Reasonable accommodations and services are provided to students who choose to self-identify and are determined by disability verification and consultation with the student. Services and accommodations are also governed under section 504 of the Rehabilitation Act of 1973, Americans with Disabilities Act of 1990, state requirements, and CSU and CI policies. Please contact Disability Resource Programs or visit the website at http://www.csuci.edu/drp regarding required documentation and polices.
To be eligible to receive services, students must meet with the disabilities counselor for intake and disability verification. It is the responsibility of the student to contact Disability Resource Programs each semester for which they are requesting accommodations, even if the same service/accommodation was provided the previous semester. The following services and accommodations are provided in a respectful and confidential manner that promotes independence, self-advocacy and accountability:
- Disability management counseling
- Computer lab with assistive software
- Test proctoring and extended test time
- Scribes for examinations
- Alternate format services
- Note-takers or taped lectures
- Readers/books on tape
- Sign language interpreters
- Realtime captioning
- Priority registration
- Campus and community resources
Computers for Visually Impaired Users
Several computers throughout the campus are equipped with screen reading software and are available to visually impaired students or members of the public for use in the following locations: Admissions and Recruitment, the Educational Access Center, Human Resources Programs, Information Technology lab rooms 1958 and 1972, the Broome Library, and the Learning Resource Center.
Note: If you are an employee of the University or a campus visitor with a disability requesting accessibility information, please contact Human Resources Programs at (805) 437-8490.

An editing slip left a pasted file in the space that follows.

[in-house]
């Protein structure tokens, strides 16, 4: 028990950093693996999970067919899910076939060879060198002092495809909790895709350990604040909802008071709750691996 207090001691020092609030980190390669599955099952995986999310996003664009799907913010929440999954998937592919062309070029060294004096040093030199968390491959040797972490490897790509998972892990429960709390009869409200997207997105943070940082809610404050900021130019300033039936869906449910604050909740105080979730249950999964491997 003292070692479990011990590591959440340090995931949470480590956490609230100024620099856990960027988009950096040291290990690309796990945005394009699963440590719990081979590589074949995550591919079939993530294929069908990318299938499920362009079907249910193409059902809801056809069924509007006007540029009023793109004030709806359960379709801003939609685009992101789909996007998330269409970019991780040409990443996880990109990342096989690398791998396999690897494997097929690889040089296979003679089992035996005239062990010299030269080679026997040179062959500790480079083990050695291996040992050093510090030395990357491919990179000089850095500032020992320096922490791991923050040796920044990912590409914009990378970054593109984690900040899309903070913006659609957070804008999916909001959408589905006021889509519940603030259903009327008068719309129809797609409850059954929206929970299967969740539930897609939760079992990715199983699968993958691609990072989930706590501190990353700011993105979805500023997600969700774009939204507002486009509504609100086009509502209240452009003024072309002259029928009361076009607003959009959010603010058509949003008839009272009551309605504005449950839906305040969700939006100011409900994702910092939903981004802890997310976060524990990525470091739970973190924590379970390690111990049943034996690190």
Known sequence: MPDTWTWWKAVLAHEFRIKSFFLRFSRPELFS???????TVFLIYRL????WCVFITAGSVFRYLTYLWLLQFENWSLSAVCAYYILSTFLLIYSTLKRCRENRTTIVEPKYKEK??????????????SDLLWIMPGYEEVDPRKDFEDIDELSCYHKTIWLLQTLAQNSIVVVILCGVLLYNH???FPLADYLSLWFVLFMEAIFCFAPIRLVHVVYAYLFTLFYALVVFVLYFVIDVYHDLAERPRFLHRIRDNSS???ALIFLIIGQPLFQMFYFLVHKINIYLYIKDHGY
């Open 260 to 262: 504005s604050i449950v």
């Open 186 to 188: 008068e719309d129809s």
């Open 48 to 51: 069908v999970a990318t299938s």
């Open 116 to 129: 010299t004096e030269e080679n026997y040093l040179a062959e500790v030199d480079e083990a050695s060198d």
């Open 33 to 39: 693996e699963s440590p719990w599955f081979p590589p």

Educational Opportunity Program
Educational Opportunity Program Center
Bell Tower, Room 1538
The Educational Opportunity Program (EOP) is designed to improve access and retention of low-income and educationally disadvantaged students by providing active and targeted support aimed at increasing academic accomplishment and individual empowerment. The ultimate goal is to provide incoming students from disadvantaged backgrounds with the appropriate tools to help them succeed in college and ultimately graduate from CI.
Multicultural and Women’s & Gender Student Center (MWGSC)
Bell Tower, Room 1506
The purpose of Intercultural Services is to educate students on issues of diversity and equality, advocate for under-represented groups on campus, affirm and celebrate the unique heritage of our students, promote awareness, understanding, and appreciation for all peoples and cultures, be a uniting force on campus, and foster an environment that is emotionally, mentally, physically, and spiritually safe and beneficial to all areas of student life and development.
The aim of Intercultural Services is to be more proactive than reactive by encouraging collaboration and dialogue between students, faculty, staff, and administrators of diverse backgrounds, and by being a forum through which people can communicate, voice their concerns, and learn from one another.
New Student, Orientation & Transition Programs
Bell Tower East, Room 1762
New Student, Orientation & Transition Programs (NSOTP) supports University recruitment and retention initiatives by coordinating events, activities and services that integrate new students holistically (socially and academically) into the CI community. NSOTP consists of two programmatic elements: Island View Orientation and Transition Programs.
Island View Orientation
Island View Orientation prepares students for a successful transition to the University and is offered to incoming freshmen and transfer students prior to the start of the fall and spring semesters. This program informs students about academic requirements, campus expectations, student life, student support services, and co-curricular involvement opportunities. Freshman orientation assists students with the initial advising and registration process. Transfer students are strongly encouraged to attend Island View Orientation. Attendance for freshmen is required.
Transition Programs consists of a series of large and small scale events designed to assist with a student’s transition into the University. These events include block parties, the Ask Me Campaign, Be a Part from the Start, the Welcome Celebration, Student Service Summit, Transfer Connections, and Family Weekend.